Commenced in January 2007
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Edition: International
Paper Count: 63

Search results for: selenium

63 The Synergistic Effects of Using Silicon and Selenium on Fruiting of Zaghloul Date Palm (Phoenix dectylifera L.)

Authors: M. R. Gad El- Kareem, A. M. K. Abdel Aal, A. Y. Mohamed

Abstract:

During 2011 and 2012 seasons, Zaghloul date palms received four sprays of silicon (Si) at 0.05 to 0.1% and selenium (Se) at 0.01 to 0.02%. Growths, nutritional status, yield as well as physical and chemical characteristics of the fruits in response to application of silicon and selenium were investigated. Single and combined applications of silicon at 0.05 to 0.1% and selenium at 0.01 to 0.02% was very effective in enhancing the leaf area, total chlorophylls, percentages of N, P, and K in the leaves, yield, bunch weight as well as physical and chemical characteristics of the fruits in relative to the check treatment. Silicon was superior to selenium in this respect. Combined application was favourable than using each alone in this connection. Treating Zaghloul date palms four times with a mixture of silicon at 0.05% + selenium at 0.01% resulted in an economical yield and producing better fruit quality.

Keywords: date palms, Zaghloul, silicon, selenium, leaf area

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62 The Effects of Soil Chemical Characteristics on Accumulation of Native Selenium by Zea mays Grains in Maize Belt in Kenya

Authors: S. B. Otieno, T. S. Jayne, M. Muyanga

Abstract:

Selenium which is an-antioxidant is important for human health enters food chain through crops. In Kenya Zea mays is consumed by 96% of population hence is a cheap and convenient method to provide selenium to large number of population. Several soil factors are known to have antagonistic effects on selenium speciation hence the uptake by Zea mays. No investigation in Kenya has been done to determine the effects of soil characteristics (pH, Tcarbon, CEC, Eh) affect accumulation of selenium in Zea mays grains in Maize Belt in Kenya. About 100 Zea mays grain samples together with 100 soil samples were collected from the study site, put in separate labeled Ziplocs and were transported to laboratories at room temperature for analysis. Maize grains were analyzed for selenium while soil samples were analyzed for pH, Cat Ion Exchange Capacity, total carbon, and electrical conductivity. The mean selenium in Zea mays grains varied from 1.82 ± 0.76 mg/Kg to 11±0.86 mg/Kg. There was no significant difference between selenium levels between different grain batches {χ (Df =76) = 26.04 P= 1.00} The pH levels varied from 5.43± 0.58 to 5.85± 0.32. No significant correlations between selenium in grains and soil pH (Pearson’s correlations = - 0.143), and between selenium levels in grains and the four (pH,Tcarbon,CEC,Eh) soil chemical characteristics {F (4,91) = 0.721 p = 0.579} was observed.It can be concluded that the soil chemical characteristics in the study site did not significantly affect the accumulation of native selenium in Zea mays grains.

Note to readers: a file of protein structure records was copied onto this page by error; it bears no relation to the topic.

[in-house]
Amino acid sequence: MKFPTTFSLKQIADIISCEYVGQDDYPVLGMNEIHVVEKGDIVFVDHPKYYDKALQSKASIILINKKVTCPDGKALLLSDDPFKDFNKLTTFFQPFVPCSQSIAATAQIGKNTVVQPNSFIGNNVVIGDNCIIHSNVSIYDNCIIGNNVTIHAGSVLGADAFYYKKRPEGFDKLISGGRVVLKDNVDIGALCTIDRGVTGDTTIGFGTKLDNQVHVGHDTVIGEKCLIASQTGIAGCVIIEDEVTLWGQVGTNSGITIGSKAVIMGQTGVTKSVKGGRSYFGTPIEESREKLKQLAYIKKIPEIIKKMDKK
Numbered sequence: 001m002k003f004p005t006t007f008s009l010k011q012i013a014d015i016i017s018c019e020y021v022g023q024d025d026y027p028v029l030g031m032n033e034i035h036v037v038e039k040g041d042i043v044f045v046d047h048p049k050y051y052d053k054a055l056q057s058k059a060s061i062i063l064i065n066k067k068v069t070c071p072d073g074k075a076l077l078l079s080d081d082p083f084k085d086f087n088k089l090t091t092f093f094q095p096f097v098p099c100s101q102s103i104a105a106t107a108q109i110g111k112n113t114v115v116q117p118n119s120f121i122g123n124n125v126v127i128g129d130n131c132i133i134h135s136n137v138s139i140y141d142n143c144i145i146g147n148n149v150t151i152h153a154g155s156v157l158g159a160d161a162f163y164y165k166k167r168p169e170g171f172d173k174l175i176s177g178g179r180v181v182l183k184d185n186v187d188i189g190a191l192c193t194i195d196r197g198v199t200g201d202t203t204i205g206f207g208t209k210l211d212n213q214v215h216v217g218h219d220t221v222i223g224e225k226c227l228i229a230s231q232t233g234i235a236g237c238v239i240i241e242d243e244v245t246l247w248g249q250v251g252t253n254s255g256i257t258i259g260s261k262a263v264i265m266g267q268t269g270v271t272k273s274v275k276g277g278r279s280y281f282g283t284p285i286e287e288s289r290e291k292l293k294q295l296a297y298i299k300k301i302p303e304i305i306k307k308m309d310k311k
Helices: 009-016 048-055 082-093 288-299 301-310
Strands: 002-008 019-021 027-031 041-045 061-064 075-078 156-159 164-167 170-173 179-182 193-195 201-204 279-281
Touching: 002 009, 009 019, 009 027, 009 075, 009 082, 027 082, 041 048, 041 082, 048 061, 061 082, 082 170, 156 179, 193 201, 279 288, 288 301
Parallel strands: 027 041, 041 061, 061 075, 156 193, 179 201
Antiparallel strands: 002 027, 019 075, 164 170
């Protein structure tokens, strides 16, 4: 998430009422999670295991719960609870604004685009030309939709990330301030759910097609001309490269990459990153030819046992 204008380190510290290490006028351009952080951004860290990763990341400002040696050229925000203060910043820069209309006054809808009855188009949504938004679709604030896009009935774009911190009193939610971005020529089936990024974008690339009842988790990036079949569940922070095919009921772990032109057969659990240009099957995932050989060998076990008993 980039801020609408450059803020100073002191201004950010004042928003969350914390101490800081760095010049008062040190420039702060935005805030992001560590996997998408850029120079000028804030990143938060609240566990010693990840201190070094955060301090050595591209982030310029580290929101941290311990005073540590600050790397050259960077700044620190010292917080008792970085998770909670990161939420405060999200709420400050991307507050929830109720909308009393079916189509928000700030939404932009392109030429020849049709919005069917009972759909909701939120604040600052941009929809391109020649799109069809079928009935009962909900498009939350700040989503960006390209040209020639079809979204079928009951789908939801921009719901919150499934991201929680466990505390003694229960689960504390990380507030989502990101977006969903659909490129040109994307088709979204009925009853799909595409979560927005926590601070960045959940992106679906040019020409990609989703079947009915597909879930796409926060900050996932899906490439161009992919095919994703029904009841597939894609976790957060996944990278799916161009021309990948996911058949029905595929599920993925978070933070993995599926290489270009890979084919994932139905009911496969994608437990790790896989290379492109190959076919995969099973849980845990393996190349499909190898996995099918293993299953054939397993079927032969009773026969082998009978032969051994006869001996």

Keywords: maize, native, soil, selenium

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61 Improvement of Total Phenolic Contents and Anti-oxidative Properties of Ricegrass (Oryza sativa L.) using Selenium Bio-fortification

Authors: Rattanamanee Chomchan, Sunisa Siripongvutikorn, Panupong Puttarak

Abstract:

Ricegrass or young rice sprouts can be introduced as one of functional product since cereal sprouts have been much interested in this era due to their high nutritive values. Bio-fortification of selenium is one strategy to improve plant bioactive compounds. However, the level of selenium used are varied among species of plants, hence, the proper level need to be investigated. In this current study, influence of selenium bio-fortification hydroponically in the form of sodium selenite following the range 0, 10, 20, 30 and 40 mg Se/L on growth characteristics, selenium content, total extractable phenolic content (TPC) accumulation, lipid peroxidation and anti-oxidative properties of ricegrass were investigated. Results revealed that selenium bio-fortified exogenously increased the accumulation of selenium in ricegrass by 5.3 fold at 40 mg Se/L treatment without significant changes in leaves biomass at harvesting day while root part weight were slightly decreased when increased selenium level, respectively. Selenium at low concentration (10 and 20 mg Se/L) can stimulate the production of phenolic compounds and antioxidant activities in young ricegrass as measured by DPPH, ABTS and FRAP assay. Conversely, higher level of selenium fortification reduced the accumulation of phenolics in ricegrass afterward by acting as pro-oxidant. Moreover, highest significant reduction in oxidative stress, measured as malondialdehyde content was also observed at 20 mg Se/L treatment which in correlation to high TPC and antioxidant activities. In conclusion, selenium bio-fortification can be used as a technique to improve precious to ricegrass.

Keywords: antioxidant activities, bio-fortification, ricegrass, selenium

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60 Recovery of Selenium from Scrubber Sludge in Copper Process

Authors: Lakshmikanth Reddy, Bhavin Desai, Chandrakala Kari, Sanjay Sarkar, Pradeep Binu

Abstract: